Using Google Alerts for your research

Google Alerts

Did you know that you can easily monitor the web for content  and be notified of the results by using Google Alerts?

Start by simply choosing a key word that is relevant to the topic you wish to research. If you wish to search for a term that contains more than one word, e.g. a person’s name, then add quote marks “Joe Bloggs”.

Google Alerts

You can then choose from a number of options to refine your search and how you would like to receive the results found by Google.

Google alert options

Frequency of alert

Choose to receive email alerts:

  • as it happens (useful if monitoring live events)
  • at most once a day
  • at most once a week


The default is automatic and will search a variety of sources. You can also opt to select from:

  • news
  • blogs
  • web
  • video
  • books
  • discussions

Language and Region

Choose the language you wish the alerts to be in and also where they originate from.

Search results

How many results you receive will depend on the popularity of the keyword you search for but can be reduced by selecting ‘only the best results’ or increased by selecting ‘all results’.

Finally choose whether to have the results sent your email address or RSS feed.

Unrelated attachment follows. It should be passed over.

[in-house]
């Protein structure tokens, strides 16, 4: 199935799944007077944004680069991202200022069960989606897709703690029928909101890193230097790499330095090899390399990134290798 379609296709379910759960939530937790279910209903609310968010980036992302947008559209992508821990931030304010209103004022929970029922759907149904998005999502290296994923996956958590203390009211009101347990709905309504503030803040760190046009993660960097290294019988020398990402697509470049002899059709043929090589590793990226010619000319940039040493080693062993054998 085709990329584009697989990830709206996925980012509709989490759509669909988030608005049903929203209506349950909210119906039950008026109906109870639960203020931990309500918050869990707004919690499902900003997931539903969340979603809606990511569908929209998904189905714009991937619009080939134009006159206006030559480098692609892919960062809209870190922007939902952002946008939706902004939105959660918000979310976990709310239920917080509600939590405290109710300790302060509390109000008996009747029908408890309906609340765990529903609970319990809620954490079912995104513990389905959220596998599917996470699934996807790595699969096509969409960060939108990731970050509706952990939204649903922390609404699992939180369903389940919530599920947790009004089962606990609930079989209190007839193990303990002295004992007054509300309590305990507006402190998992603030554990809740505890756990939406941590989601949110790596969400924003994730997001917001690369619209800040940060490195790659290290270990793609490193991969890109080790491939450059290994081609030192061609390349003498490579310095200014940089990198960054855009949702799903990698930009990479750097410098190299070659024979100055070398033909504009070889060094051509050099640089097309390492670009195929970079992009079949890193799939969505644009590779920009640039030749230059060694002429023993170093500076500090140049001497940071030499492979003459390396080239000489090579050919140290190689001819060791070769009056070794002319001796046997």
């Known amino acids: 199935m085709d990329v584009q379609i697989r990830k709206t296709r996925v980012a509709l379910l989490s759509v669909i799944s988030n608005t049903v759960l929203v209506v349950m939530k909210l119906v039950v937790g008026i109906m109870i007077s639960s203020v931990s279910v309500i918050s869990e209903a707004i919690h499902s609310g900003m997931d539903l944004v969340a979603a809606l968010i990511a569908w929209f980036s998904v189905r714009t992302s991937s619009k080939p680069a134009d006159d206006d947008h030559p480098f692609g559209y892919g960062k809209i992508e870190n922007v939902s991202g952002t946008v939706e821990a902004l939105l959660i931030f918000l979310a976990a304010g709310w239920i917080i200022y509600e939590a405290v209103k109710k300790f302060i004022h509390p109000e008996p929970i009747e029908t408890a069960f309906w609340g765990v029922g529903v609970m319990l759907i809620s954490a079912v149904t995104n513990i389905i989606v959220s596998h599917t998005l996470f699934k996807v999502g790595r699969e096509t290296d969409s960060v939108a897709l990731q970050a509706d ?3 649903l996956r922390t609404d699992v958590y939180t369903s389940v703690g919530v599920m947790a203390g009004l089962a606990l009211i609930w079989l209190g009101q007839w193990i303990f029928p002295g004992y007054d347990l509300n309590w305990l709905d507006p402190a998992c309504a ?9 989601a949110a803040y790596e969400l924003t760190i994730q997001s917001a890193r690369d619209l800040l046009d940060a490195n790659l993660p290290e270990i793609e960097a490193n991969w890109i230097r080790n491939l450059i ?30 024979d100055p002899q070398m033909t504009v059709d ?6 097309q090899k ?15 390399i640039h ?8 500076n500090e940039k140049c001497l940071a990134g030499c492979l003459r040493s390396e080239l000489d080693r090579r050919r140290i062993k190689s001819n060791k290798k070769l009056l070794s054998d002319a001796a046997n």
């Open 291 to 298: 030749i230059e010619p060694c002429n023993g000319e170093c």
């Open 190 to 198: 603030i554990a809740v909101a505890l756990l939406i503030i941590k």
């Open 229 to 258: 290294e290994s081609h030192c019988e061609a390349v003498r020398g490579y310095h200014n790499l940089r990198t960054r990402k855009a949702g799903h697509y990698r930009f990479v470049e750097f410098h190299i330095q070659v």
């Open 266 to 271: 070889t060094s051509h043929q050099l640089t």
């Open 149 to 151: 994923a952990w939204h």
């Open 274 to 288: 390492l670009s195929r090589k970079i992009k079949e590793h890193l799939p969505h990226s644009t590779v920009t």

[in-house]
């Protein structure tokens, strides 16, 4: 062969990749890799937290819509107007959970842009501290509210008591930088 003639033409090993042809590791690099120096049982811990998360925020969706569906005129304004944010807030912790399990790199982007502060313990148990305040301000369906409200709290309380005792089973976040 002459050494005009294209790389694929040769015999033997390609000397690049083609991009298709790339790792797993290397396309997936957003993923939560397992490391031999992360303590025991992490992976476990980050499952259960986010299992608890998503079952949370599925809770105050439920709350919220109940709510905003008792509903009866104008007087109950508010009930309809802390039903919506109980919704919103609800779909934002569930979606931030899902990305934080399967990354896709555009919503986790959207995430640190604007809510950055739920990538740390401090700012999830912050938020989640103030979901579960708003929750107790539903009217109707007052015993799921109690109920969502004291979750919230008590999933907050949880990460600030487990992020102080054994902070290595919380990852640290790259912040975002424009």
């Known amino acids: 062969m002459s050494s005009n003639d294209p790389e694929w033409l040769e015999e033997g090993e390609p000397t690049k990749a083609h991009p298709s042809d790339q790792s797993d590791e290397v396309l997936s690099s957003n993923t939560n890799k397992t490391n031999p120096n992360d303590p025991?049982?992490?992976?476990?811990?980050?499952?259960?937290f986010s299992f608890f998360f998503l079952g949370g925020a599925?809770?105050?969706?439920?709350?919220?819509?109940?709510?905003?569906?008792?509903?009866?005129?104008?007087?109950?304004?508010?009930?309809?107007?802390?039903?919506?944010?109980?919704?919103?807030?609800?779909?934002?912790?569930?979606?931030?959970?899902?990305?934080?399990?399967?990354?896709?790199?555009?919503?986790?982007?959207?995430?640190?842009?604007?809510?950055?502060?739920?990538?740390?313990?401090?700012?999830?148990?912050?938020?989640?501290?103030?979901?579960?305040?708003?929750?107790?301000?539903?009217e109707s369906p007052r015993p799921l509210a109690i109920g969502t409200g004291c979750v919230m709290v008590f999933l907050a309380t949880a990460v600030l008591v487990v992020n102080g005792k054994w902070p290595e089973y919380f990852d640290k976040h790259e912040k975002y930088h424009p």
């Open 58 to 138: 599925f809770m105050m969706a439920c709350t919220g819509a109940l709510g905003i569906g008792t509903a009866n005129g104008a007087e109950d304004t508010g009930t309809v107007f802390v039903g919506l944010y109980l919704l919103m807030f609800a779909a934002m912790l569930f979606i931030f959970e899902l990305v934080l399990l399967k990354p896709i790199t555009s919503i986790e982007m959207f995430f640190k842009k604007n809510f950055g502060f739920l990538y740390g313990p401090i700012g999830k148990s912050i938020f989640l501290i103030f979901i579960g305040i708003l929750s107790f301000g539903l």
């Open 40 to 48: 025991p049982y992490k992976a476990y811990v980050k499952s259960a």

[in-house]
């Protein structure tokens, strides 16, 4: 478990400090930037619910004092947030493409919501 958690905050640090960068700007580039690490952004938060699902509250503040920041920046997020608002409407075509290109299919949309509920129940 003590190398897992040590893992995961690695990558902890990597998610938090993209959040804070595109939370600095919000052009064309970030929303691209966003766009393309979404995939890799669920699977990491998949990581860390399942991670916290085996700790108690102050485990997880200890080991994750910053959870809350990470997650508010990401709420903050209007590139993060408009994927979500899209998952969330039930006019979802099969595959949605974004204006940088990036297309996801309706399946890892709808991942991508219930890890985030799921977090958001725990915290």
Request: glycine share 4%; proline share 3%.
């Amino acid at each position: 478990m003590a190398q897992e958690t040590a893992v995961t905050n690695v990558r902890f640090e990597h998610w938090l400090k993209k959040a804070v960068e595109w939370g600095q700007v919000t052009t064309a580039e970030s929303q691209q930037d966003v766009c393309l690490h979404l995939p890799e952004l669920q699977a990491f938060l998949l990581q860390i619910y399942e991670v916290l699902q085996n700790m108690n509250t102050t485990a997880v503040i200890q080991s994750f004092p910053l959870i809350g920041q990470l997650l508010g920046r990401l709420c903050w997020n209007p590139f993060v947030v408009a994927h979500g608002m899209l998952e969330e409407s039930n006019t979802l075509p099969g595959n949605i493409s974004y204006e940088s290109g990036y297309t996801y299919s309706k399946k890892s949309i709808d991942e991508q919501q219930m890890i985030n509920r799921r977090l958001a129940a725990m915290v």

Uses for Google Alerts 

Search for:

  • Your own name and see who is talking about your work and research. This can often pick up blog posts talking about work you have presented, blogged about yourself or shared via social media.
  • Jobs by including a series of words in quote marks plus and in between each: “company name” and “job” and “type of job”
    So for example: “BBC” and “job” and “PR”
  • Industry and company news. Find out what is happening in your sector or if you are looking to apply for a job find out detailed information about the company.
  • Breaking news and trending topics. Here you would select everything for result type. You might want to also set up a separate alert to look at what is coming through from different sources e.g. news, blogs, web and video.
  • Niche topics you are interested in. By selecting any region you will receive alerts from across the world or drill down to a specific country.

You can choose as many alerts as you wish to create.

To set up your Google Alerts go to

Experiment with other Boolean search terms too to refine the results you receive.

About Sue Beckingham

A National Teaching Fellow, Educational Developer and Principal Lecturer in Computing with a research interest in the use of social media in higher education.
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2 Responses to Using Google Alerts for your research

  1. Pingback: Using Google Alerts to Stay Up to Date #futurereadylearning « Michelle Ockers

  2. Pingback: Using Google Alerts to Stay Up to Date #futurereadylearning – Michelle Ockers

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